Subject: [GlobalRevolutionMedia] Re: [OWS PR Support] removal from Liberty Plaza - update and releases
From: David Stam
Date: Tue, 15 Nov 2011 10:47:25 -0500
To: "" <>,

Police won't let us in,

Heartless powers try to tell us what to think. If the spirit is sleeping then the flesh is ink. History pages are carved in stone. The futures here we are it we are on our own.

On Nov 15, 2011, at 10:36 AM, Shawn <> wrote:

10:26 AM – notes from listserv

Liberty Plaza is open now I heard.

Bring food and water to Canal+6 ave, and/or Liberty Plaza. If you buy
paper plates and utensils, please keep your receipts for
reimbursement. But don't spend too much money.

10:16 AM – Guardian draft op-ed

You can't evict an idea whose time has come.

By J.M. Smucker, Rebecca Manski, Karanja Gacuca, Linnea M. Palmer
Paton, Kanene Holder, William Jesse

Two months ago, just two hundred of us set up an encampment at Wall
Street’s doorstep. Since then, Occupy Wall Street has become a
national and even international symbol — with similarly styled
occupations popping up in cities and towns across America and around
the world. A growing popular movement has significantly altered the
national narrative about our economy, our democracy, and our future.

Late into last night, we on the Occupy Wall Street PR team were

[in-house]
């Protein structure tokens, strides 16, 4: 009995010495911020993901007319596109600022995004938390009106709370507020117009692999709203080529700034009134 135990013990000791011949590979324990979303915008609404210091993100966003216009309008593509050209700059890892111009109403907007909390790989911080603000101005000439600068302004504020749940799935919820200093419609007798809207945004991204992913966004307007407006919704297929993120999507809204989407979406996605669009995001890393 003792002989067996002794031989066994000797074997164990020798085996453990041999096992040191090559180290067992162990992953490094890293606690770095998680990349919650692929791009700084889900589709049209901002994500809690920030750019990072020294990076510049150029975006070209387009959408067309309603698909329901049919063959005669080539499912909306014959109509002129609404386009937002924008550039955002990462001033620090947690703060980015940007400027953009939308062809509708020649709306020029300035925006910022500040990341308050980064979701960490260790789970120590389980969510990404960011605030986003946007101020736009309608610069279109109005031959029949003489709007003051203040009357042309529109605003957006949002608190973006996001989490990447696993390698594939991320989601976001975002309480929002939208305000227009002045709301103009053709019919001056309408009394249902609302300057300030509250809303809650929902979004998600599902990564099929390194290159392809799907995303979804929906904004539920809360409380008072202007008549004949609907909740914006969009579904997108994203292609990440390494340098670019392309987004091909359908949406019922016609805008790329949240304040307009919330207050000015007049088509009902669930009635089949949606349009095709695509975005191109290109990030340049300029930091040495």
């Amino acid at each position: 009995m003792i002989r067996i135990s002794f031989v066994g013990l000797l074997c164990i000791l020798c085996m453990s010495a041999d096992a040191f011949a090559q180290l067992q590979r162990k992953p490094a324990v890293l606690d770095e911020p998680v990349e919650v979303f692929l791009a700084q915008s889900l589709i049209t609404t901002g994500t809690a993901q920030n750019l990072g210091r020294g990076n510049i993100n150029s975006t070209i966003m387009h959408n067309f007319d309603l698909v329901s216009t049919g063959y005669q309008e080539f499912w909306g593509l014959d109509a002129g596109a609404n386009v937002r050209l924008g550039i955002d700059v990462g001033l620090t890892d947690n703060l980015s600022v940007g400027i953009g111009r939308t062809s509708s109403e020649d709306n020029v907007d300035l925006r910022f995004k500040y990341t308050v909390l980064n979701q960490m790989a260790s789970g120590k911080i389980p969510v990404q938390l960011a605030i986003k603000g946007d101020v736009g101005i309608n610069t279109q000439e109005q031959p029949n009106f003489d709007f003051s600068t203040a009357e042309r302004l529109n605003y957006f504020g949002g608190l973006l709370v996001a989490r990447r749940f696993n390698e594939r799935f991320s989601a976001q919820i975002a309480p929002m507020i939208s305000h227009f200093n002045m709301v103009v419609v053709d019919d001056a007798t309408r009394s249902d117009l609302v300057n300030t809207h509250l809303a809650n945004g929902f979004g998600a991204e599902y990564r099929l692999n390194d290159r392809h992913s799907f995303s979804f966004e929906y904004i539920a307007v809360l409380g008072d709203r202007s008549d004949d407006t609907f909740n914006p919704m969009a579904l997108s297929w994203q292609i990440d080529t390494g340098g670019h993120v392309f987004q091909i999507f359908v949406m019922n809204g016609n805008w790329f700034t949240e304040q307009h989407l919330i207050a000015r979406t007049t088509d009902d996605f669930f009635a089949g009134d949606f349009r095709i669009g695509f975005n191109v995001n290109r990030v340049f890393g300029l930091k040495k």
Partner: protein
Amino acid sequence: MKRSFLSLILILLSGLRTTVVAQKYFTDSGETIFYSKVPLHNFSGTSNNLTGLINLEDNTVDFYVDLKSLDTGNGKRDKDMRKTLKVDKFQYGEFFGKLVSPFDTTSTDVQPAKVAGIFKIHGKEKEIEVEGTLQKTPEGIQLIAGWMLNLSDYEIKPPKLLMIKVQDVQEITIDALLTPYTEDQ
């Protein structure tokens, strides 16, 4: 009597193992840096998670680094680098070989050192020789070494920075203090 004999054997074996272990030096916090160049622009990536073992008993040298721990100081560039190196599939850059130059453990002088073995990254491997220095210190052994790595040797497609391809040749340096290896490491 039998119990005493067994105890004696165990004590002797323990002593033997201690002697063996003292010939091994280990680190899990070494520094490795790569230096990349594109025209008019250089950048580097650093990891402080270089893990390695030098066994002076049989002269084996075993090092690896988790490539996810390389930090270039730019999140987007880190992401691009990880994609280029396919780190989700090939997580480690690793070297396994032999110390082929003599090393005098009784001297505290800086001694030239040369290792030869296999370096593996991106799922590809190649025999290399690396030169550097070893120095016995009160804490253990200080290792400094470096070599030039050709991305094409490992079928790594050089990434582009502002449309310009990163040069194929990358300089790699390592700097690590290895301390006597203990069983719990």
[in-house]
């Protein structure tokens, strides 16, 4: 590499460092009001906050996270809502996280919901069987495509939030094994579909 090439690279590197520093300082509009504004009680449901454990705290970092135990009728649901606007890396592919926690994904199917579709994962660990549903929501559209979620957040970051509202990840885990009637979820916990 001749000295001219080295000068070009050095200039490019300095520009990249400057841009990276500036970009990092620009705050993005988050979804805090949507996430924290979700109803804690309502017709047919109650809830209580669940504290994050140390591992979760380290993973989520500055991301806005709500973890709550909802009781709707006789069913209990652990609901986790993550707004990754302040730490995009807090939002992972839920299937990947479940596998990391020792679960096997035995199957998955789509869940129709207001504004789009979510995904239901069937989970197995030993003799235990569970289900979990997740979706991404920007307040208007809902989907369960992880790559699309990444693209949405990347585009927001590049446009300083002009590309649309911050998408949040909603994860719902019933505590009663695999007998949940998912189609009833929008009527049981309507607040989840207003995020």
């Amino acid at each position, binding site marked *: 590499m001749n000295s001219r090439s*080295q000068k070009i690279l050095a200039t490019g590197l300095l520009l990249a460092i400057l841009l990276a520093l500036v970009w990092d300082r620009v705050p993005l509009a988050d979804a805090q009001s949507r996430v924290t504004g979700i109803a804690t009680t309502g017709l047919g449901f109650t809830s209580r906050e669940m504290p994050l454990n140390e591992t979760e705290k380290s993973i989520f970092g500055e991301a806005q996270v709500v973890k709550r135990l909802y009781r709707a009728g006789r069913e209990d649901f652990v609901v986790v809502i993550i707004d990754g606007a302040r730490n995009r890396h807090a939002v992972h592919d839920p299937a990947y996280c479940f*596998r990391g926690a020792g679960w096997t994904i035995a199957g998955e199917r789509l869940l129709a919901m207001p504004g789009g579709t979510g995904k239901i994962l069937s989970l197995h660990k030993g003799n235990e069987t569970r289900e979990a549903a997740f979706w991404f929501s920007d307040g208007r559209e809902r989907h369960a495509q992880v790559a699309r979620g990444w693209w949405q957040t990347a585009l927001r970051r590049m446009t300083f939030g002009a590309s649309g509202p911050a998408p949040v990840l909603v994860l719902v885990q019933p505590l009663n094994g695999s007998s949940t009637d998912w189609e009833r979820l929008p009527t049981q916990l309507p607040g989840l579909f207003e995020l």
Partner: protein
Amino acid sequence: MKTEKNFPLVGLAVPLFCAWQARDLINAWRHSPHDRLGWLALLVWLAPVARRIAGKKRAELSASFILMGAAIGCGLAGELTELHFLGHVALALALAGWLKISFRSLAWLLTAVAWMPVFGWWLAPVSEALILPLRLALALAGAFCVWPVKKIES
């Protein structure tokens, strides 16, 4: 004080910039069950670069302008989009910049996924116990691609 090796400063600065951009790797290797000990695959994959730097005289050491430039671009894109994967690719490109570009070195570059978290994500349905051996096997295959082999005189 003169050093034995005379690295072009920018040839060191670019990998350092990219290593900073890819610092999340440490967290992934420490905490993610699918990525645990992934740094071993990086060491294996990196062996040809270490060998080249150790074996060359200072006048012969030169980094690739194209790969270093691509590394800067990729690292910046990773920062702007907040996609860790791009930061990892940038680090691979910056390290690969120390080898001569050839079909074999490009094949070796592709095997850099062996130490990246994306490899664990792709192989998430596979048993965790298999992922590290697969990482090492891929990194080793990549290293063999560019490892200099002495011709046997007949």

reflecting on the successes, challenges and the aims of our movement
up to this point. Over the weekend, twenty-some writers sent us their
thoughts on their experience with direct democracy and the evolution
of the movement.  We sat in awe for a moment at the various
perspectives, backgrounds and motives of each OWS contributor and
their journey through this burgeoning movement.

At exactly 12:54 a.m.--as the PR working group was culling final
articles for this very editorial page, the Outreach team nearby was
developing orientation materials for the new initiative “Occupy Your
Block,” and the Movement Building working group engaged in a
conference call about national plans for the Day of Action on November
17th--an alert rippled room to room.

1:20 a.m., our phones started buzzing off the tables, overloaded with
text messages. Three blocks away, and within milliseconds, we knew
that hundreds of riot police were arriving, dump-trucks rolling in,
subway stops shutting down, and the Brooklyn bridge had been closed.
Via Twitter we knew our fellow Occupiers were chanting, "This is what
a police state looks like." Half the people in the off-site office
space ran to Liberty Square, leaving their laptops, their wallets,
their phones even, behind.

PR working group member Jason Ahmadi texts the team from a police van
full of 13 arrestees, and we soon discover that NYC council-member
Ydanis Rodríguez has been arrested and is bleeding from the head. One
after the other text message alerts us to the effect that those not
yet arrested at Liberty Square are being chased up Broadway, towards
Chinatown. Some of our people head to Foley Square by City Hall, some
to Washington Square, and others to Judson Memorial Church, at which
so many of our meetings have been held these past weeks.

Occupiers undeterred by the unprovoked police brutality rained on them
by police instantly re-group and launch a fresh General Assembly that